Wednesday, December 3, 2003

Queensland punishes disabled children kept in cages

The World Today - Disabled children kept in cage: allegation

TONY EASTLEY: Still in Queensland, and there are disturbing new allegations about disabled children having suffered extraordinary abuse in private residential care facilities.

Premier Peter Beattie's office has confirmed it's received an official complaint about mentally and physically disabled people being locked in cages and threatened with broom handles.

Inquiries are now underway, as Nick Grimm reports.

NICK GRIMM: The Queensland Government has today found itself fielding claims that it's been too slow to act on the allegations.

Most alarming, the claim disabled children were locked in cages by residential care staff who were in the habit of banging on the cage with a broom handle, threatening punishment.

JUDY SPENCE: Look, there've been allegations about disorganisation for some time.

NICK GRIMM: Queensland's Minister for Disability Services, Judy Spence, says her department took action against the residential care facility five months ago.

JUDY SPENCE: In July of this year children were removed from the facility, they had been sent there for short-term or respite periods for some time, that has no longer occurred.

NICK GRIMM: But Queensland's Opposition Leader, the National Party's Lawrence Springborg, says the public deserves a better explanation.

LAWRENCE SPRINGBORG: Well, my concern about this is that the matter was raised with the Premier over 12 months ago, and Mr Beattie hadn't responded until somebody else came on the scene and actually took some real action in this area.

And it seems to me that Mr Beattie is only interested in controlling the fallout from issues, rather than really getting to the bottom of problems and to actually fix thing for the future. And I think that as a consequence, kids and those people with disabilities who are in the care of his Government having been the big, big losers.

NICK GRIMM: Meanwhile, organisations which represent people with disabilities are also demanding further action.

KEVIN COCKS: Sadly, once again, vulnerable people are left exposed to those who have primary interests in making money.

NICK GRIMM: Kevin Cocks from Queensland Advocacy says these new allegations fit a wider pattern of abuse of the vulnerable in the state's institutions.

KEVIN COCKS: The Minister's response is that they have taken action, but I think that it has been slow, and I have been brought to my attention that there are allegations that departmental officers as far back as two years ago were let known of some of the allegations that have surfaced, and I don't have the power to investigate that, but I hope that is part of what the Minister is investigating.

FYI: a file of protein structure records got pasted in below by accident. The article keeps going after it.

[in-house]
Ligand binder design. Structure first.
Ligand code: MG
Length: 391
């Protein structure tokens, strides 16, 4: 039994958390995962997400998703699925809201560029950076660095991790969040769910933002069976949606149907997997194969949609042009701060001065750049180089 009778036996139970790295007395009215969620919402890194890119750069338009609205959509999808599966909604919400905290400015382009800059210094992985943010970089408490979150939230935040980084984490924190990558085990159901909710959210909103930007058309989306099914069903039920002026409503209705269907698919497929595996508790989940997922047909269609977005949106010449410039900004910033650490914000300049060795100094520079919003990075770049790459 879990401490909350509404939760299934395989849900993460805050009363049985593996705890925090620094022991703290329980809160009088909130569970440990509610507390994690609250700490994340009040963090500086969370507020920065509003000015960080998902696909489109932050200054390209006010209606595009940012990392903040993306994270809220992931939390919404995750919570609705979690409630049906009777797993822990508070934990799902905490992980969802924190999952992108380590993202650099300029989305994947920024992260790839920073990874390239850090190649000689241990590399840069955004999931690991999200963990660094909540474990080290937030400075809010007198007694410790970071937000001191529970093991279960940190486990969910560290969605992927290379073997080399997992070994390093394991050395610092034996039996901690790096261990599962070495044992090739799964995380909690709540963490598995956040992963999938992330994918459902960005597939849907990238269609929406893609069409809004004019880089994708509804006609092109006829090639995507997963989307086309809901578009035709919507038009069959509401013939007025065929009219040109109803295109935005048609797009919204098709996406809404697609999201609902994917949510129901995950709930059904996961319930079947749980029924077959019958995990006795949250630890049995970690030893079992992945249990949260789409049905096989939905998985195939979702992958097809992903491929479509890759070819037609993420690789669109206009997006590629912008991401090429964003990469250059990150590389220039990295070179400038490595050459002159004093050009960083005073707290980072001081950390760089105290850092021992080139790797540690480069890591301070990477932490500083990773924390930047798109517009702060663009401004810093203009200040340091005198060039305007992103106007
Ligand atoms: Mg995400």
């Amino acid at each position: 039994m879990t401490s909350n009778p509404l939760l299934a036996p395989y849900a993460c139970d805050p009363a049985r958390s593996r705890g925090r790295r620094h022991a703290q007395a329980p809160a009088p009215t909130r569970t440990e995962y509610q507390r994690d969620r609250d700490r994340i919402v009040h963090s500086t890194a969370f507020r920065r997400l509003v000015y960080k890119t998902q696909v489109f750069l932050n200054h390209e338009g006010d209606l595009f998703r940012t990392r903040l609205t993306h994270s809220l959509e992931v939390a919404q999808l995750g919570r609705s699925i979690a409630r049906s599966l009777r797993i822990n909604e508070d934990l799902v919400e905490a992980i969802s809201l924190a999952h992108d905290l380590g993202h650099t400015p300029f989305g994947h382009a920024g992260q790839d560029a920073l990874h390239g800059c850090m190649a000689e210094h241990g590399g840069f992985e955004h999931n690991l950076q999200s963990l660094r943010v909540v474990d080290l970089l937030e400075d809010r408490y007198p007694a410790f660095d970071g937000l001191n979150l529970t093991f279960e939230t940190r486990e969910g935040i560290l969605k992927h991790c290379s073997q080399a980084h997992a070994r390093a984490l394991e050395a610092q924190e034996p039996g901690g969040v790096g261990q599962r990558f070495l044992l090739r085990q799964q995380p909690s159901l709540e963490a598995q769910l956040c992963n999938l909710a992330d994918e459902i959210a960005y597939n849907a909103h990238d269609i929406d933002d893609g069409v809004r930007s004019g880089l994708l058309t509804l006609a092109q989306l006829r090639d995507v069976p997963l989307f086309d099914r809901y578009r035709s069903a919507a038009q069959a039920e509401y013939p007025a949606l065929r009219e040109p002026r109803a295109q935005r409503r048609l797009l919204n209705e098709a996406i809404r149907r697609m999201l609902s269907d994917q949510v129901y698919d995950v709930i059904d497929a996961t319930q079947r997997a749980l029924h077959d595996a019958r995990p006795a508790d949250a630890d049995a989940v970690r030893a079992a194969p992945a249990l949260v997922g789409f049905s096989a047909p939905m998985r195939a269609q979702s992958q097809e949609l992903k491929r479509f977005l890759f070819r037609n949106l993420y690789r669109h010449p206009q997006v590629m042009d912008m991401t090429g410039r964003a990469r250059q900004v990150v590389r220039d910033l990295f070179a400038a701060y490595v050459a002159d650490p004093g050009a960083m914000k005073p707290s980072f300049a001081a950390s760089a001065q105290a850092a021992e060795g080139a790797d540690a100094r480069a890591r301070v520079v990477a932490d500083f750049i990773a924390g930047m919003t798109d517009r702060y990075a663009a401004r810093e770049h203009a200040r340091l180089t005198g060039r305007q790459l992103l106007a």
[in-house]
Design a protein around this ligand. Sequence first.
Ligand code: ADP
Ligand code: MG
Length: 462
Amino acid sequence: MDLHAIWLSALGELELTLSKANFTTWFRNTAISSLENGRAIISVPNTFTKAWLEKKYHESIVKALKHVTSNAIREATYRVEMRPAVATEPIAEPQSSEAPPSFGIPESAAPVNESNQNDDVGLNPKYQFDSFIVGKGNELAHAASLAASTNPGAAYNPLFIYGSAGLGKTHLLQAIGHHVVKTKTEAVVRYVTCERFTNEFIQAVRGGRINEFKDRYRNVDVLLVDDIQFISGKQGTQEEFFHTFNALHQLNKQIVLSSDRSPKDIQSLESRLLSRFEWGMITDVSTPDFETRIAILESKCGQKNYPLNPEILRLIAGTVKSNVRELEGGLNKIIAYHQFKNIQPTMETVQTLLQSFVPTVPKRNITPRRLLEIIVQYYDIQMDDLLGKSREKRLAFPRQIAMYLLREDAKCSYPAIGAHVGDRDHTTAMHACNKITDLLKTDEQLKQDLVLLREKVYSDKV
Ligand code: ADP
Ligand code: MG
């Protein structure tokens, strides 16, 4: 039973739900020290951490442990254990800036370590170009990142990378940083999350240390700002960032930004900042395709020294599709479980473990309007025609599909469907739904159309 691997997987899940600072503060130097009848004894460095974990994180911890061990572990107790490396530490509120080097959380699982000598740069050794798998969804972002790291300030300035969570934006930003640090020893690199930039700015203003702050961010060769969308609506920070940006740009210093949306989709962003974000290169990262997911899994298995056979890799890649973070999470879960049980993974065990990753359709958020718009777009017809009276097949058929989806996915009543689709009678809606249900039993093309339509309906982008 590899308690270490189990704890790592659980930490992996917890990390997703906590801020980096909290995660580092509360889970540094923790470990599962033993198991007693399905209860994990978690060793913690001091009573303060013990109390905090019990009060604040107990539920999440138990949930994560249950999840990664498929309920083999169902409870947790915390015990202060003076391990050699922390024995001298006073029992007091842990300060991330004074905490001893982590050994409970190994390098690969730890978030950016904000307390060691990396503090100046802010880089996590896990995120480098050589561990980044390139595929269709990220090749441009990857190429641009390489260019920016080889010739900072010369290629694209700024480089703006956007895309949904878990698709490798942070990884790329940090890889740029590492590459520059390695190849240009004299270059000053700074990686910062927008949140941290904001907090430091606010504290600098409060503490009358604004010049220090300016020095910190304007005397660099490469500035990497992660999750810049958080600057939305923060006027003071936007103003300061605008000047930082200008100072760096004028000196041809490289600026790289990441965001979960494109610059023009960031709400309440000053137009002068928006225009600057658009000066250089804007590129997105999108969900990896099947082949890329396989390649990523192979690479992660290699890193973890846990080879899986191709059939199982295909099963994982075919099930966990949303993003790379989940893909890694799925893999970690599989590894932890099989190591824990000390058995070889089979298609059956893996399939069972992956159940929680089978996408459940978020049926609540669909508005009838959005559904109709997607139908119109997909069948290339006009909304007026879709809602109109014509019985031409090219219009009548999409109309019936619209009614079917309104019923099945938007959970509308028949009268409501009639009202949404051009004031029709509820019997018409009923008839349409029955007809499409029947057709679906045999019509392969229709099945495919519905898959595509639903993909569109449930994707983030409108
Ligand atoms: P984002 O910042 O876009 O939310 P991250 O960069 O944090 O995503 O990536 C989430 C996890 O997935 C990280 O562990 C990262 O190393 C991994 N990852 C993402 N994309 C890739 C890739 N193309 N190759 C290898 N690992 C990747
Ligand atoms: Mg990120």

If her departmental officers have ignored allegations of abuse, and if that's the case, we know people have beenÉ were continued to be placed there after those allegations allegedly were made.

NICK GRIMM: But the Queensland Disabilities Services Minister, Judy Spence, is defending the way the allegations have been handled.

JUDY SPENCE: When we became aware of the serious allegations in July this year, we asked the organisation to stand down their four senior staff members, and they did so, and indeed we provided the organisation with more funding to cover the cost of replacing the four staff members.

So there has been an ongoing investigation that hasn't been completed, and we have taken a number of steps in the last six months to make sure that the services provided by this organisation are quality services.

NICK GRIMM: The allegations are now the subject of not only a police investigation and Disability Services departmental inquiry, but they're also being examined by Queensland's Crime and Misconduct Commission.

And while children have been removed from the facility, adults remain in care there.

Judy Spence again.

JUDY SPENCE: I think it's important to understand that adults who have disabilities are free to choose their own services in this state, we don't have any control over where they live, but we no longer refer anyone to this organisation.

I mean, I don't want to comment too much before we see the results of both the police investigation and the Adult Guardian investigation. I'm concerned about the allegations of course, they are being closely monitored by the Department of Disability Services, and that's all occurred since July of this year, when we were made aware of the seriousness of the allegations against this organisation.

TONY EASTLEY: Queensland's Disability Services Minister, Judy Spence. Nick Grimm with that report.

The World Today - Wednesday, 3 December , 2003 12:36:21 reporter: Nick Grimm


Central Europe: Mentally ill kept in padlocked, caged beds
Cental Europe: Patients are sometimes locked in cages like the ones above for months or years, says the Budapest based Mental Disability Advocacy Centre Credit: MDAC.